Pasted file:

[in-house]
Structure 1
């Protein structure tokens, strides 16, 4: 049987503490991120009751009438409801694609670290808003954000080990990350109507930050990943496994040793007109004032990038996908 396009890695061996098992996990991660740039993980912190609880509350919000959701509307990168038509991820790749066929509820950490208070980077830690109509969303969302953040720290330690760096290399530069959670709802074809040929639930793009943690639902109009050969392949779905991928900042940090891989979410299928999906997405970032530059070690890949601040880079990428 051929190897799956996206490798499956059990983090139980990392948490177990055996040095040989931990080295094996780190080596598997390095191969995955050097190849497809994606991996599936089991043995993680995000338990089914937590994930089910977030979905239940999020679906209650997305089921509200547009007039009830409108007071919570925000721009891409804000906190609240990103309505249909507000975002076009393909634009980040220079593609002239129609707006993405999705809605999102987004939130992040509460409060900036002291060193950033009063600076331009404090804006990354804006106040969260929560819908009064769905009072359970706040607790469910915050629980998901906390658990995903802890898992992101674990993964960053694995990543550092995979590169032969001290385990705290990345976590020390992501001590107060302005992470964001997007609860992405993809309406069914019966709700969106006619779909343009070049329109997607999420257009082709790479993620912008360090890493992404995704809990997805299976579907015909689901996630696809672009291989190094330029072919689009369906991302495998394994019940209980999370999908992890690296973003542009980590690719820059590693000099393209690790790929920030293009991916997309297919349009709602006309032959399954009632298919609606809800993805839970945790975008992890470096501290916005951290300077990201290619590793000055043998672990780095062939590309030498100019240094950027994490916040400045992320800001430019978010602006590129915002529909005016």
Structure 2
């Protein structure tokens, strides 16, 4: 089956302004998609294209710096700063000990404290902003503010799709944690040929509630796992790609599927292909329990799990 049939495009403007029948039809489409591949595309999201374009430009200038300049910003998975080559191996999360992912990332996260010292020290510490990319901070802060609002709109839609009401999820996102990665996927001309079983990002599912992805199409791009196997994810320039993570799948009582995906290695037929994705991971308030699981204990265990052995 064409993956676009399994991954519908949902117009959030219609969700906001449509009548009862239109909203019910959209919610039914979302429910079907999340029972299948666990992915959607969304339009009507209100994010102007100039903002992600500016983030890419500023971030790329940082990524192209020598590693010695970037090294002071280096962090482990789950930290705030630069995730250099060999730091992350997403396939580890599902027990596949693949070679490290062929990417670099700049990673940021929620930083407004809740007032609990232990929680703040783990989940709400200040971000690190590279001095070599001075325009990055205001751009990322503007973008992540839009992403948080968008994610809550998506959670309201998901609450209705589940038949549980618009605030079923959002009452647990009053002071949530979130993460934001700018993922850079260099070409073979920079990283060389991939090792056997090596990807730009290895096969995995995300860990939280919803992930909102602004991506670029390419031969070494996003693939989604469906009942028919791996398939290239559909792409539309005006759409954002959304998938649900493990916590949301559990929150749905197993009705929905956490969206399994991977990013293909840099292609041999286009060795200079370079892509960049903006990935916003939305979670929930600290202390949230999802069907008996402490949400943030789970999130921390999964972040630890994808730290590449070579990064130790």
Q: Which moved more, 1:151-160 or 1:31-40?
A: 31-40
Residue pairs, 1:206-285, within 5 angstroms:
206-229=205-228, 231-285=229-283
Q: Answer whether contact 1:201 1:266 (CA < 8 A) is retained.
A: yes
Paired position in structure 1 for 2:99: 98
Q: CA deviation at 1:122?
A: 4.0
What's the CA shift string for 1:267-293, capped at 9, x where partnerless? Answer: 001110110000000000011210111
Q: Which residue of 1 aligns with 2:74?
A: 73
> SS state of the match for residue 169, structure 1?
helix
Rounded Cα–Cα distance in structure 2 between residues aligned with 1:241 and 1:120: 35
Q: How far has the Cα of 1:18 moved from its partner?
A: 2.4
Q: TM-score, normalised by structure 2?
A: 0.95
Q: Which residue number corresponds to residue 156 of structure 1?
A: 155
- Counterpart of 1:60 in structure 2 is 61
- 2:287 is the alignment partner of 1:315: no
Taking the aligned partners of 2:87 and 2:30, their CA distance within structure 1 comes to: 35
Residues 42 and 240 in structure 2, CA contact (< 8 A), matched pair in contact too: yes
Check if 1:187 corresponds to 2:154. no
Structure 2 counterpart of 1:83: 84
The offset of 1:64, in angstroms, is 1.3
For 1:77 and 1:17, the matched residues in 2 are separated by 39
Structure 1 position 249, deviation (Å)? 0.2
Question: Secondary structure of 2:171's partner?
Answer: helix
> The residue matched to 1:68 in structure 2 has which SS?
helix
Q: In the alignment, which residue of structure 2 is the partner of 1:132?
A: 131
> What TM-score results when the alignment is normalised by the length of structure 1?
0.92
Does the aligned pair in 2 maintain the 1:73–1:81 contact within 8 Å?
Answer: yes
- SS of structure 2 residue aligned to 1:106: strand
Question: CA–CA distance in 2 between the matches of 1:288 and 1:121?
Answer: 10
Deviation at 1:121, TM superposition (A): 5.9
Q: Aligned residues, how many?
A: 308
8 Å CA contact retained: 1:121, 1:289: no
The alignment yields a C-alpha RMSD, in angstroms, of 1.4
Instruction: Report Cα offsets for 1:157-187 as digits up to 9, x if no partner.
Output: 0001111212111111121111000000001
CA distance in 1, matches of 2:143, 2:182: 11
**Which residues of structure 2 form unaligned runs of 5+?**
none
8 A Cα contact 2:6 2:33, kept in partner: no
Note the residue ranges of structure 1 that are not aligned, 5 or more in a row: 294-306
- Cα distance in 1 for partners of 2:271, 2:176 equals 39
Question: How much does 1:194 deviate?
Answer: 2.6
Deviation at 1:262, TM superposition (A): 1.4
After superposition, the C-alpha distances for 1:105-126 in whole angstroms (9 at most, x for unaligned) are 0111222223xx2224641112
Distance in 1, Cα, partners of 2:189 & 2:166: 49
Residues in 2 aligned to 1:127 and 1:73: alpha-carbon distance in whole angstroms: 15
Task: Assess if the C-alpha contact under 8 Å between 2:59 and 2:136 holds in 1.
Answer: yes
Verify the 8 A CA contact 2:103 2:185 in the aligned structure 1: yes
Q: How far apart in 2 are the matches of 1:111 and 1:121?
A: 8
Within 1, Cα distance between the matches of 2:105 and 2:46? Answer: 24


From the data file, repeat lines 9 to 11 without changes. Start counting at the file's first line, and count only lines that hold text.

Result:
206-229=205-228, 231-285=229-283
Q: Answer whether contact 1:201 1:266 (CA < 8 A) is retained.
A: yes